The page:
Help !! Pg 150 Post Flop Workbook

Tomg101Tomg101 Red Chipper Posts: 11 ✭✭
Hi folks, I'm an old guy just trying to improve my poker. Been a long time since I have had to use my math skills. Churning along with the workbook; however; hit page 150 and am going nuts trying to figure out the 3 questions. Seems I know but just can't quite get what I am doing wrong.

#1) 2c2h my hand, Kc8c2s XX the board. How often will the runout both pair the board and complete the club flush?

#2) AsJs my hand, Ts6d4h XX the board. How often will you catch a runner-runner straight or flush by the river?

#3) Kc9c my hand, QhJdTs XX the board. How often will the runout contain only contain 6 or lower (2-6)?

Any help in pointing me in the correct direction would be appreciated.



  • TheGameKatTheGameKat Las VegasPosts: 5,112 -
    Are there any example hands from the beginning of that section that suggest a method of solution? Given it's a SplitSuit product I imagine his approach would be to use Flopzilla, but since I don't it's difficult to advise. Like I can do it analytically, but I'm quite sure that isn't the intent of the exercise.
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  • Tomg101Tomg101 Red Chipper Posts: 11 ✭✭
    No he doen't really use flopzilla (except to show what it looks like). There are really two sections in this section. The first is a single item and these three are two items. Just can't quite get there.
  • TheGameKatTheGameKat Las VegasPosts: 5,112 -
    edited June 5
    I'm puzzled. From what I know of his workbooks, SplitSuit uses Flopzilla for nearly everything. In fact when I've queried some of his problems in the past, he's explained that they are designed as practice to use Flopzilla rather than having much standalone importance. So he and I calculate these things using a completely different approach.

    Let me ask him. If anyone else here has this workbook, please chime in. Might take a few days since he and I work orthogonal shifts.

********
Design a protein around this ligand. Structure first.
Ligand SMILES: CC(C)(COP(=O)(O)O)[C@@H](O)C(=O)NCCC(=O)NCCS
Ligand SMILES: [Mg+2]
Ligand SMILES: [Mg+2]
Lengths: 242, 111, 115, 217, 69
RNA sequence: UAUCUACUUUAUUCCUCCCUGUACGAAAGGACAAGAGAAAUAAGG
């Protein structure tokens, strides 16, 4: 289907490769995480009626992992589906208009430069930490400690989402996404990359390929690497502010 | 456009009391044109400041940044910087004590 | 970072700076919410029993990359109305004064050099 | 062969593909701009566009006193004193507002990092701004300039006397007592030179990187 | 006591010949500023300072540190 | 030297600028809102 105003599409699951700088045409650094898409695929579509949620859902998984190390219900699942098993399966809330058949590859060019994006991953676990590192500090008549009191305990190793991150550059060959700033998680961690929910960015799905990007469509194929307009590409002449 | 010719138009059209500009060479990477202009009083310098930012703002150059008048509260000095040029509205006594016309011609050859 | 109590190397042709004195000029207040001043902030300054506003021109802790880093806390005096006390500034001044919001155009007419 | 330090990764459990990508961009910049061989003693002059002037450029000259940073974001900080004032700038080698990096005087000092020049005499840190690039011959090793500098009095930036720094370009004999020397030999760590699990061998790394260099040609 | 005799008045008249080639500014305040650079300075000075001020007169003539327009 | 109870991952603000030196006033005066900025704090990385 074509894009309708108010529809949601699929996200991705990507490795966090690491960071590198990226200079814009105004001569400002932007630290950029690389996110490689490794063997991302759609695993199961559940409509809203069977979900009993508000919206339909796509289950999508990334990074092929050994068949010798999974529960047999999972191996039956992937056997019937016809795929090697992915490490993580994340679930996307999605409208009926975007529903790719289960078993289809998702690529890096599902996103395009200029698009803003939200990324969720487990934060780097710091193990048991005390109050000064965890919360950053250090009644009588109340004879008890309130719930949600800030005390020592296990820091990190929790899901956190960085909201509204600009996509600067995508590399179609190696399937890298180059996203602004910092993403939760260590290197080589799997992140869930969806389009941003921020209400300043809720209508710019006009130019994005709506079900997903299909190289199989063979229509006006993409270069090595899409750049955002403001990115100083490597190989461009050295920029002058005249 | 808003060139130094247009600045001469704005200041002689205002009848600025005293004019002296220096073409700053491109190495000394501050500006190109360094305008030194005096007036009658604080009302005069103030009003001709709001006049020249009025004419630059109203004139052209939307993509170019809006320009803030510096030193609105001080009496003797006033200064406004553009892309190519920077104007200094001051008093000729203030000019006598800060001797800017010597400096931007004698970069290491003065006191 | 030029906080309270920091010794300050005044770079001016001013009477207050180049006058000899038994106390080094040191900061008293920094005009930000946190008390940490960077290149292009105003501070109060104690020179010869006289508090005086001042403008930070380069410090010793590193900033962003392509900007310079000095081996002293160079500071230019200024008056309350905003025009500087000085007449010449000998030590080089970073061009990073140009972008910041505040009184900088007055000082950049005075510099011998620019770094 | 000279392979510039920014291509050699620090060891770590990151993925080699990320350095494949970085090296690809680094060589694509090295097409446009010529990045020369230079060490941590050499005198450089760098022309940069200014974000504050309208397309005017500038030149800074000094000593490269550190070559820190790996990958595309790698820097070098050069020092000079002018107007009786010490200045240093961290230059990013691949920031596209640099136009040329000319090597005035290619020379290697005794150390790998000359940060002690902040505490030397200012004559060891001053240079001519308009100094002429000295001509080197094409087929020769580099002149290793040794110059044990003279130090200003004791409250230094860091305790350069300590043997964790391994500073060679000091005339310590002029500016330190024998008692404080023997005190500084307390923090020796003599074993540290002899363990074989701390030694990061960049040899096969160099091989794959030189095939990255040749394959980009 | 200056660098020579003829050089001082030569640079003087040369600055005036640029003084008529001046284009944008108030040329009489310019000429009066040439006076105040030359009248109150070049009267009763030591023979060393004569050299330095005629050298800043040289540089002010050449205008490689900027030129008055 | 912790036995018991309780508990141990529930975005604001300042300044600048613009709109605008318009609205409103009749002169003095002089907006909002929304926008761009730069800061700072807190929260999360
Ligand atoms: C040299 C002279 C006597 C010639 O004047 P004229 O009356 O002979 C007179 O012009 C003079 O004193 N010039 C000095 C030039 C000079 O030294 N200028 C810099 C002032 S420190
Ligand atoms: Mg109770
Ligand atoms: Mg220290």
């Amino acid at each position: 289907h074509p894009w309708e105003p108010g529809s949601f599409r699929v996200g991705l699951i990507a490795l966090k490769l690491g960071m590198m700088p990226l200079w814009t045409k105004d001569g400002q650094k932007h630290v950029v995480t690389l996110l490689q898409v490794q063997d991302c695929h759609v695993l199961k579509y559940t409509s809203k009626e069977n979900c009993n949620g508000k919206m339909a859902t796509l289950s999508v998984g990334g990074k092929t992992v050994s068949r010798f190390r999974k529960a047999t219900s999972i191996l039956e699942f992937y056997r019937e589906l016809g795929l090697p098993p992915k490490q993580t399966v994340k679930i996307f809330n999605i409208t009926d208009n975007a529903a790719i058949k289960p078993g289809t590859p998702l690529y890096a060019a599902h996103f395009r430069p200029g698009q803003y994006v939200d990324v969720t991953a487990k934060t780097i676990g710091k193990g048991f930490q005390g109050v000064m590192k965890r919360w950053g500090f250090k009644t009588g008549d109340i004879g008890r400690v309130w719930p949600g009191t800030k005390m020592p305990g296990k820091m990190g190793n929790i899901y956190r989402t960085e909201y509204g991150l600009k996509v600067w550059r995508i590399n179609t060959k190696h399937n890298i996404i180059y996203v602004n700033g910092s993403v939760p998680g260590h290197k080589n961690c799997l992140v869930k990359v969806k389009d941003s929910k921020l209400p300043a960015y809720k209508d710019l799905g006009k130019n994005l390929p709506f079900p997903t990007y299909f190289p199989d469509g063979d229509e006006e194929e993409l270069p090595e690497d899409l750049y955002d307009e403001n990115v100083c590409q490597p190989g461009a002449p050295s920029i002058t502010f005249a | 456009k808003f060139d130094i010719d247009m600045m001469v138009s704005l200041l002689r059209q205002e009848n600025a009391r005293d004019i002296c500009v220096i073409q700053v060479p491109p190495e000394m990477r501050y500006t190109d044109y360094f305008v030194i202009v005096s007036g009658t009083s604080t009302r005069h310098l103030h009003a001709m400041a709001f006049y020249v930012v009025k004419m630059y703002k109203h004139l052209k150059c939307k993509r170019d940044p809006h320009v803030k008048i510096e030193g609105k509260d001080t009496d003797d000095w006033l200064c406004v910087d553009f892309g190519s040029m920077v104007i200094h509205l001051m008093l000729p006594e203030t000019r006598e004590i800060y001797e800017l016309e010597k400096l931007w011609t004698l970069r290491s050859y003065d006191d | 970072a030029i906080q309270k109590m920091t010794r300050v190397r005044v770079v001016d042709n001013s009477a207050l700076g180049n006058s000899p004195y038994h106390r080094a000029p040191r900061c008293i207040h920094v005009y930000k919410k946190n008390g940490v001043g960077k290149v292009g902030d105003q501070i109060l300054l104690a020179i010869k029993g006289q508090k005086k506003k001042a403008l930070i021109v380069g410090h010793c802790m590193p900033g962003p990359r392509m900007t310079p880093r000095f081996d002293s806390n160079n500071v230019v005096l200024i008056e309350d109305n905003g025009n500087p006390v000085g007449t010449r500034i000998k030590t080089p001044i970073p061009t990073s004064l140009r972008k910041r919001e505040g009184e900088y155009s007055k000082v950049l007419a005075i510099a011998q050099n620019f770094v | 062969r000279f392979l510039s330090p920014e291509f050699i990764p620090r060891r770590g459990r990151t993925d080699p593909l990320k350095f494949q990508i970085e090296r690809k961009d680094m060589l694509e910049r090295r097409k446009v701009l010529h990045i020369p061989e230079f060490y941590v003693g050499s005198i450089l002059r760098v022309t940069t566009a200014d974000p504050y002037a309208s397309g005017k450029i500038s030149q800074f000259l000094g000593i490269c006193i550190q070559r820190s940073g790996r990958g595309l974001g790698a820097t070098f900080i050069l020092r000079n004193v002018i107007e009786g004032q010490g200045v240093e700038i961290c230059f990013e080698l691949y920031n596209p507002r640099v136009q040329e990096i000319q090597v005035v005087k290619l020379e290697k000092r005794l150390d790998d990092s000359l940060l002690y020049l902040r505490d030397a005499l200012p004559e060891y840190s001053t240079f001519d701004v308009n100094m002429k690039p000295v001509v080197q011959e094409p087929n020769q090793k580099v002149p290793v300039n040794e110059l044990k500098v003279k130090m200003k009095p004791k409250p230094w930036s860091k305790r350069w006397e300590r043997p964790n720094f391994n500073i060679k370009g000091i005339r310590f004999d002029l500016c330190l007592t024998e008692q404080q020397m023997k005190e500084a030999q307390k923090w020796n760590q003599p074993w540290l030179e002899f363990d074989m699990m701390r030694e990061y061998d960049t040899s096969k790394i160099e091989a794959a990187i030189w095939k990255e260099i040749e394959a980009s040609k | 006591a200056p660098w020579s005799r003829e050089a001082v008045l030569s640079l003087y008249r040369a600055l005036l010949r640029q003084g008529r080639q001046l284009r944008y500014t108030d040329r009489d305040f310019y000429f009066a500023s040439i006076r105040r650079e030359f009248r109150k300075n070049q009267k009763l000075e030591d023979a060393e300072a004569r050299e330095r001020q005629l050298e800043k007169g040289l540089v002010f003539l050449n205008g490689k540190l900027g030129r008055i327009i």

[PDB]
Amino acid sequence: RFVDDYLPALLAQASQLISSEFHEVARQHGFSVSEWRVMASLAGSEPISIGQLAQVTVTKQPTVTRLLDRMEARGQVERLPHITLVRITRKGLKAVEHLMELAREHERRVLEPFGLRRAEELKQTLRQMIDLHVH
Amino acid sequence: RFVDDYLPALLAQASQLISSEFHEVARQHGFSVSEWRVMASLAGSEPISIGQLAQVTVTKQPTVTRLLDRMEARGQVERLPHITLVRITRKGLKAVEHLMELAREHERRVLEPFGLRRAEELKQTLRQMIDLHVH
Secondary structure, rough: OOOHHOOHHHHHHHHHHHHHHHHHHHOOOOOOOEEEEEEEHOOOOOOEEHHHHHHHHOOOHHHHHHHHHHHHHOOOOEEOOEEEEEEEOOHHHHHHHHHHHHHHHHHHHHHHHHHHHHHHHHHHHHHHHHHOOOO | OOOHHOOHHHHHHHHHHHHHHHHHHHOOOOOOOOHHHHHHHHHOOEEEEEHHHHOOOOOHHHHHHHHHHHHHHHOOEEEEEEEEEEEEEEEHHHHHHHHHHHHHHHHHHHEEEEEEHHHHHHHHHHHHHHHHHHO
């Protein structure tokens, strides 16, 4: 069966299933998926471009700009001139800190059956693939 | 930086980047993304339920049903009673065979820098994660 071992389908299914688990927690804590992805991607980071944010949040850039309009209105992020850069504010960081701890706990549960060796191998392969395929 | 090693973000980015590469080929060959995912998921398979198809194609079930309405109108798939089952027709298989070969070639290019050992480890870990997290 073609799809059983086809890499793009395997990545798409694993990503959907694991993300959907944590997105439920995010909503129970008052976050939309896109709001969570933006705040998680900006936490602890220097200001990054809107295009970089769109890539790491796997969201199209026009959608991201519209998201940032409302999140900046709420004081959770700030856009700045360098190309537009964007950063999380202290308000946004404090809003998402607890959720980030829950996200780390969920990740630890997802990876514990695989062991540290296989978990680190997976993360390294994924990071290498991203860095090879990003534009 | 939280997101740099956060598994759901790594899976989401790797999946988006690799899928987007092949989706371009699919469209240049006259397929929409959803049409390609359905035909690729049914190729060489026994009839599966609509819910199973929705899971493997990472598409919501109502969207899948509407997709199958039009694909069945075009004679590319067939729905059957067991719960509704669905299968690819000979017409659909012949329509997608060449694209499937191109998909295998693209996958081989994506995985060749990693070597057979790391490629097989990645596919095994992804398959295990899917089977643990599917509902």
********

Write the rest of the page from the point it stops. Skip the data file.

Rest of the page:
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  • Tomg101Tomg101 Red Chipper Posts: 11 ✭✭
  • KossKoss Red Chipper Posts: 128 ✭✭✭
    I'm not familiar with the workbook, but these are basic probability questions. #2 is the easiest. You figure out each one independently and then add them. So in this case, to get a runner runner flush you need to hit one of the 10 spades on the turn, and there are 47 unseen cards, so 10/47. Then OTR you need one of the 9 spades out of 46, so 9/46. Multiply them together and you get about 4%. Then for backdoor straight, there are 8 kings or queens to hit OTT, so 8/47. Then OTR there are 4 cards left to complete your backdoor gutter, so 4/46. That will happen about 1.5% of the time. So you're about 6.5% to make a flush or straight by the river. Although technically we counted the backdoor Royal Flush twice there, so to be super precise we'd need to subtract it out once. #1 and #3 require a few more steps, but the logic is the same.

    Doing this math at the table is of course mostly impractical. It's why using Flopzilla or Equilab to understand the percentages of various scenarios so they are more just rough estimates you make based on having run similar scenarios and knowing roughly where the equities lie.
  • Tomg101Tomg101 Red Chipper Posts: 11 ✭✭
    Thanks Koss. See what I was doing wrong now. I was multiplying the two answers instead of adding. Been a long time since I did much math.

    Thanks again !
  • TheGameKatTheGameKat Las VegasPosts: 5,112 -
    Sorry not to get back sooner on this, had a problem overlapping with James.

    He said either analytically as Koss demonstrated or to use an included spreadsheet? He loves spreadsheets.
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